This area is the real deal Chinatown, unlike the tourist-laden, knock-off selling, shitty DVD purveying hustle on Canal street. Take a closer look in these parts, or allow a lingering eye to glance into some storefronts, and you’ll spy people working at a ground floor dumpling factory. You’ll see produce, dry goods and health products that most white people have no idea about, and you can’t even read the signs to get more info, because they’re all in Chinese. It has a busy, bustling vibe and I love it.

Okay on to the fucking food. First up was egg drop soup with chicken. This was pretty good, though I did have to add a little bit of hot sauce to punch it up slightly.

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Next were two types of dumplings: crystal shrimp and siu mai. Both were excellent. If you swing by this joint for dim sum, these are some of the delights you can enjoy from the carts. Both were packed with ingredients and nicely steamed.

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Then the spring rolls came out. They didn’t look like much, but they had great flavor. I was actually surprised, although they were a little bit too greasy on the shell.

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Our waitress then brought out the Peking duck. YES!

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She cut off a good deal of the crispy skin and more generous portions of meat, and, with that, assembled six steamed buns for us, accompanied by hoisin sauce, scallion and cucumber. They were awesome. Crispy, fatty, juicy… all around excellent.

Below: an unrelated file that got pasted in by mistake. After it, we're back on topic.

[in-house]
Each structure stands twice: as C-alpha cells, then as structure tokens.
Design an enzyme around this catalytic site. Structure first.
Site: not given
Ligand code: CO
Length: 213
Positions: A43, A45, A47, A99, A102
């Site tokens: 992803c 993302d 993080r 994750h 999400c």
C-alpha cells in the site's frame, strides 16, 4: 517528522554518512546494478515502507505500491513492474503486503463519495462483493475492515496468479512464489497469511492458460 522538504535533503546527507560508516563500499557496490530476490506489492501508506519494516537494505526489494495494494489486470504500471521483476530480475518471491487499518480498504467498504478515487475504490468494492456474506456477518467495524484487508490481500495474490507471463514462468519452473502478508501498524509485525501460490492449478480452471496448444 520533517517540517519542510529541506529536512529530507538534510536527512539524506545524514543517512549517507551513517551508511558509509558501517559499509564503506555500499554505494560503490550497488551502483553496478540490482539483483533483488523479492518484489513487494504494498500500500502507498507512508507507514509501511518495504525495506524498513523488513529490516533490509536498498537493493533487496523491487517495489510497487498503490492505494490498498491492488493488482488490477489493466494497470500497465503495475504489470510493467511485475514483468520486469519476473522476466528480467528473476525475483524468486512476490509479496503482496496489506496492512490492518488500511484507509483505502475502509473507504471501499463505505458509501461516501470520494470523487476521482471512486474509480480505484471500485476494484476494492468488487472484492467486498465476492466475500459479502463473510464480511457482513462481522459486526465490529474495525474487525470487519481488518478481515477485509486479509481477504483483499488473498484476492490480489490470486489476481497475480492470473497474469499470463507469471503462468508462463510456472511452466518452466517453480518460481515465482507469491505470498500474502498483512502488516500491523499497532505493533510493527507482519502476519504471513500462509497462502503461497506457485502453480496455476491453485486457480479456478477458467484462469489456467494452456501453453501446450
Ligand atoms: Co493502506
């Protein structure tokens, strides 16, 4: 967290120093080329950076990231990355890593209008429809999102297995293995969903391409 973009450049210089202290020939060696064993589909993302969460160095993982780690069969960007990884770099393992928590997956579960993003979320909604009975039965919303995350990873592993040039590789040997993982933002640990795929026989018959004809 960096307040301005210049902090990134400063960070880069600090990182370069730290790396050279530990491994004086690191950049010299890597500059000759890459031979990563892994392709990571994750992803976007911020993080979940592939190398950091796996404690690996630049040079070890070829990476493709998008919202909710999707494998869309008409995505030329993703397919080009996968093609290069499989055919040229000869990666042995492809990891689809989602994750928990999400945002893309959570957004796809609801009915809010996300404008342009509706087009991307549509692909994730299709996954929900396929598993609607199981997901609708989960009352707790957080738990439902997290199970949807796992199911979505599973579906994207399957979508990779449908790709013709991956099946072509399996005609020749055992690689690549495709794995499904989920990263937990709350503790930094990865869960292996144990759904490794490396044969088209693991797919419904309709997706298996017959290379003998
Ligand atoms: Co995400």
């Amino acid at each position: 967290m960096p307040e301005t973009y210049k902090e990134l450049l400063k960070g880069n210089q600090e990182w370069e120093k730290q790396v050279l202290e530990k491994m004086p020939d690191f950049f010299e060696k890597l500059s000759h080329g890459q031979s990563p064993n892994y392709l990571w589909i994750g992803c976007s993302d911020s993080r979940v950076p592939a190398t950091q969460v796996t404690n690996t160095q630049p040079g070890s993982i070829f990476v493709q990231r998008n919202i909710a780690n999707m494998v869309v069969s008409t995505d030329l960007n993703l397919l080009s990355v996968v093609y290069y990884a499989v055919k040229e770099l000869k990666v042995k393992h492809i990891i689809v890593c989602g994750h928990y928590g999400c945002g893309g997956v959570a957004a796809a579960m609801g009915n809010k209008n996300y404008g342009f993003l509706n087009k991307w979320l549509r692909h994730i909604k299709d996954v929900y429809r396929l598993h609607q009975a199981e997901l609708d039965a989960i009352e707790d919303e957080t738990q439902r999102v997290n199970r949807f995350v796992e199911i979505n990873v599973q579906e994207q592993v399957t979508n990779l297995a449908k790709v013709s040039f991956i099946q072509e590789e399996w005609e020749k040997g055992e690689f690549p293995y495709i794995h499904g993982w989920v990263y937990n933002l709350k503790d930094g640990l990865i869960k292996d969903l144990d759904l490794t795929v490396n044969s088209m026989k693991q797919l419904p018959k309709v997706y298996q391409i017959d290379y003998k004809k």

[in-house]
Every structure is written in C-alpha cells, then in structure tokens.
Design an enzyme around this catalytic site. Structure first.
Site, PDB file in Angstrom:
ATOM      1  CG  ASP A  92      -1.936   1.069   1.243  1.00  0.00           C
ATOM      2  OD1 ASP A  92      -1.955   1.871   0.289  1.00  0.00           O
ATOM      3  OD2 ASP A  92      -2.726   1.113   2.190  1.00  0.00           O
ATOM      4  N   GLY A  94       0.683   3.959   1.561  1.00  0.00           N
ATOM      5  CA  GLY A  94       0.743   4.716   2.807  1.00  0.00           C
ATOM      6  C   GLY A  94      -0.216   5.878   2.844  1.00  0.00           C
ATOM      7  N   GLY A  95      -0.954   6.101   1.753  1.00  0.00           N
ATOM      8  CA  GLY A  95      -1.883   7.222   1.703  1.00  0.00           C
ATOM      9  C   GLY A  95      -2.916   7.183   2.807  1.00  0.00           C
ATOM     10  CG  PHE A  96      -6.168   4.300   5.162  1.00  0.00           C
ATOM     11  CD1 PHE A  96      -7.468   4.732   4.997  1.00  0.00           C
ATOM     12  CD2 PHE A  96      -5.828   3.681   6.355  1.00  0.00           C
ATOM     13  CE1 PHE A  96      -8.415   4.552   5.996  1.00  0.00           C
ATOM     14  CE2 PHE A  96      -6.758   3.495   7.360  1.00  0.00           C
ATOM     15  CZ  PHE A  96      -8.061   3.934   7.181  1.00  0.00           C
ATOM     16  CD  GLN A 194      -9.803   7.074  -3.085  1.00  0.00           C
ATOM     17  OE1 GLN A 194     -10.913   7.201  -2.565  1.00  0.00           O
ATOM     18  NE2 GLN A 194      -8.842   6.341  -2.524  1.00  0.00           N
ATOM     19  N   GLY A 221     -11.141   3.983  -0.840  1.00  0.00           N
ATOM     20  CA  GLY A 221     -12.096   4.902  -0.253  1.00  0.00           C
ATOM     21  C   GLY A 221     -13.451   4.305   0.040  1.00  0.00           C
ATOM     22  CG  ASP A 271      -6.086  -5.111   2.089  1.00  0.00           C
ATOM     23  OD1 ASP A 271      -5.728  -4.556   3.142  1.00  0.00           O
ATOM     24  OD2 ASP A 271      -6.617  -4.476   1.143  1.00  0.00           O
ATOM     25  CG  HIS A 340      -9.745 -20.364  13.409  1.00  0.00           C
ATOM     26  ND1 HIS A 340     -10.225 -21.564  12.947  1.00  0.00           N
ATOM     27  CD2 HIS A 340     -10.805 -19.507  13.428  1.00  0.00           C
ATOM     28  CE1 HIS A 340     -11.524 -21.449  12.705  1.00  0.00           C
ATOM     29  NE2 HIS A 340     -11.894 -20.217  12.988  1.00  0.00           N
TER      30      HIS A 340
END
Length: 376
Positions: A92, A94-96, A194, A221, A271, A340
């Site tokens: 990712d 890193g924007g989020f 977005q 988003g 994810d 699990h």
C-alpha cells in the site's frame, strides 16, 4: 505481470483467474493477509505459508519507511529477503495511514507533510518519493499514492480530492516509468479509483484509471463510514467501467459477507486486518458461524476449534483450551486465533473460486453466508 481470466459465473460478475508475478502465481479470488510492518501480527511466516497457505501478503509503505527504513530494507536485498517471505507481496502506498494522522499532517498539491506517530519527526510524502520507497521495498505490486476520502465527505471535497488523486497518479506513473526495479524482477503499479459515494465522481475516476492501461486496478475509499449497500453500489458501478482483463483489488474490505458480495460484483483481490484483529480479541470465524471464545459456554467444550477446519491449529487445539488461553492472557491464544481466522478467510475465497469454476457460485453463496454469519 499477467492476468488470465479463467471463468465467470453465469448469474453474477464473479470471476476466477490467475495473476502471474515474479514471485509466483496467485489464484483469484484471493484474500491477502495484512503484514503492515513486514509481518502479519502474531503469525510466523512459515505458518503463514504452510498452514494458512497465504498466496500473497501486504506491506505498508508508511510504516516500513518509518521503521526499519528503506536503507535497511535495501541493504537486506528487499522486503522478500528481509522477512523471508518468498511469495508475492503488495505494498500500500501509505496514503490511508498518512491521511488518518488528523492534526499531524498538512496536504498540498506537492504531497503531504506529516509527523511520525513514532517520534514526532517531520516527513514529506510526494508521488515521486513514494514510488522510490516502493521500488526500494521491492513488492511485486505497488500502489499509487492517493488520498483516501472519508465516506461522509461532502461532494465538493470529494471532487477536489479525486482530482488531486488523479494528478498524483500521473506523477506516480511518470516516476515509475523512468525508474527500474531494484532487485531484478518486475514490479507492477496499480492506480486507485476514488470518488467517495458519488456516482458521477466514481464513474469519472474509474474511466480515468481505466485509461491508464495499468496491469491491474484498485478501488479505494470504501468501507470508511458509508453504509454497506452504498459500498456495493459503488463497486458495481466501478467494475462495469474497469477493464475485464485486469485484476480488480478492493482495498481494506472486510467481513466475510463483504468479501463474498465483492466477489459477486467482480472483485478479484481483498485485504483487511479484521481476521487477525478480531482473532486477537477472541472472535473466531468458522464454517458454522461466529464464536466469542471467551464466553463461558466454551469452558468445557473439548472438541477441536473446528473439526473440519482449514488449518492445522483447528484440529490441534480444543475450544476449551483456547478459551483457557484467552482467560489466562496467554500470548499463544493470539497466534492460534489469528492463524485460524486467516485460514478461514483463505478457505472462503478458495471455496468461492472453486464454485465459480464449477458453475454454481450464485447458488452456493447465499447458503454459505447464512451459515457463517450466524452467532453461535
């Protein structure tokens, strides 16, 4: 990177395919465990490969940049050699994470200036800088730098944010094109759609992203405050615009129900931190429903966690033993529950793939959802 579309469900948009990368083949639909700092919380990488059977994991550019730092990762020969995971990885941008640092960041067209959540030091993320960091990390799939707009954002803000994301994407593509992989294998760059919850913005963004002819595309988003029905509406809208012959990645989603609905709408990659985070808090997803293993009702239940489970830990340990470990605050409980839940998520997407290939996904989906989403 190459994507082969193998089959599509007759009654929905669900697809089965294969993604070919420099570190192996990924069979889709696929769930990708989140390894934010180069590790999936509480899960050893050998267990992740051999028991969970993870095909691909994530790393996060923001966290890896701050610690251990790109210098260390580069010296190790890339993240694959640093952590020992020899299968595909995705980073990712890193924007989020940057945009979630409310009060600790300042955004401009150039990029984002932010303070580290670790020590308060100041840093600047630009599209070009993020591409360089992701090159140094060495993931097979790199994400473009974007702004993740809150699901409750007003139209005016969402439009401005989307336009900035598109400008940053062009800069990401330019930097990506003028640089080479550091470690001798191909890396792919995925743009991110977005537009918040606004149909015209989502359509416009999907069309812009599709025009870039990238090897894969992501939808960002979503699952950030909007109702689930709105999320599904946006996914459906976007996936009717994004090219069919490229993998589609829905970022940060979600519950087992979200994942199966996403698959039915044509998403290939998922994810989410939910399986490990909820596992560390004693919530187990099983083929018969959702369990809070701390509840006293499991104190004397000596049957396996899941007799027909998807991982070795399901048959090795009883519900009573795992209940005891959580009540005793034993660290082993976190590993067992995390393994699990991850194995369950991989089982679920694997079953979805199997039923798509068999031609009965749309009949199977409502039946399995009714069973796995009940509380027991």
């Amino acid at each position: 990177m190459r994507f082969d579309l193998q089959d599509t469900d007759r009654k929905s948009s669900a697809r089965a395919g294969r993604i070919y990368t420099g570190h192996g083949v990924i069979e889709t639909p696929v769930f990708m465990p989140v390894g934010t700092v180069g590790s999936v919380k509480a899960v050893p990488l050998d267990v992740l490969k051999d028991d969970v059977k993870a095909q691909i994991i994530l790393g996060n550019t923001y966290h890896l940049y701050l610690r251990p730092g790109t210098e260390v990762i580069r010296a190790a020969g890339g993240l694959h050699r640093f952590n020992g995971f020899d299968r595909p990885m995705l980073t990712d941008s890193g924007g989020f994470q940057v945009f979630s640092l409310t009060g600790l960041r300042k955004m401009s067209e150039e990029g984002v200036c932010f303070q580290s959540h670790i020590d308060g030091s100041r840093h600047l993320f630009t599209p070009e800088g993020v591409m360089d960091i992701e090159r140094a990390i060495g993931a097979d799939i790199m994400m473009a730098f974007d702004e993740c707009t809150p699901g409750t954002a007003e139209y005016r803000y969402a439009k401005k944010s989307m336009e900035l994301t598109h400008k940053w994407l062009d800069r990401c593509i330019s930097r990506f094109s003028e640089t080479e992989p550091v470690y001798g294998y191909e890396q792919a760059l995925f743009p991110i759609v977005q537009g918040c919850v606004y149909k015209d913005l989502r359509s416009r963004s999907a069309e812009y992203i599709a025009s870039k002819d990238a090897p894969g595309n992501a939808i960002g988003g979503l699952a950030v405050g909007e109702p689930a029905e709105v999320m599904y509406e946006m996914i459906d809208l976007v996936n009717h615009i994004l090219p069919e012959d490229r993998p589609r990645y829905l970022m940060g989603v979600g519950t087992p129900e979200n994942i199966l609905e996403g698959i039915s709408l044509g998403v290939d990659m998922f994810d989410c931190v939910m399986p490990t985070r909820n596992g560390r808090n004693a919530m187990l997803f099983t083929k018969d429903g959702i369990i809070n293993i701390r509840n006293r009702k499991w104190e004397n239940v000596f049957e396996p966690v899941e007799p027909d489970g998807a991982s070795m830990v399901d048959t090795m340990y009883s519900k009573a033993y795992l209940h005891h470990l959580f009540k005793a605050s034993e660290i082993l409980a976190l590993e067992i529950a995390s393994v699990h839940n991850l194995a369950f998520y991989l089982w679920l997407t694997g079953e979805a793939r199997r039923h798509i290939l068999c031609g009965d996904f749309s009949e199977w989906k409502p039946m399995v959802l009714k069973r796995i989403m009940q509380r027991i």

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The rest of the duck was chopped up for us and served on a plate:

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The meal kept on trucking along with this ginger beef and broccoli dish. The ginger was fresh and sliced thin. The beef was tender and flavorful. I think it was a mix of flank and rib eye. And the broccoli was steamed in the sauce, so it tasted awesome.

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There was also some fried rice with shrimp, roast pork, ham, peas, onion and egg. We were really too full to dig into this too far.

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At the end of the meal, some honeydew and orange arrived at the table. A nice, refreshing, smiley-face looking end to the meal.

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Excellent deal. Jump on it if you see another Living Social or Groupon offering for this place. And definitely check out their dim sum on the weekend for lunch.

GOLDEN UNICORN
18 E. Broadway
New York, NY 10002

Poulette

My wife and I ordered some stuff here for delivery. I was excited at the prospect of eating roasted chicken from a place that specifically deals in such an item and nearly nothing else. I was expecting one of the best roasted chickens in my life. If that’s all you really do, as a restaurant, you need to excel at it. Unfortunately Poulette failed to deliver good roasted chicken. We ordered a half chicken. It was pretty dry and the flavoring on the skin had a bitter component that I wasn’t too fond of.

The brussels side was cooked with a vinegar and mustard base that really ruined the flavor of the sprouts. All you really need to do is roast them with some seasoning and chicken drippings from the roasting process for a really successful item. What a failure.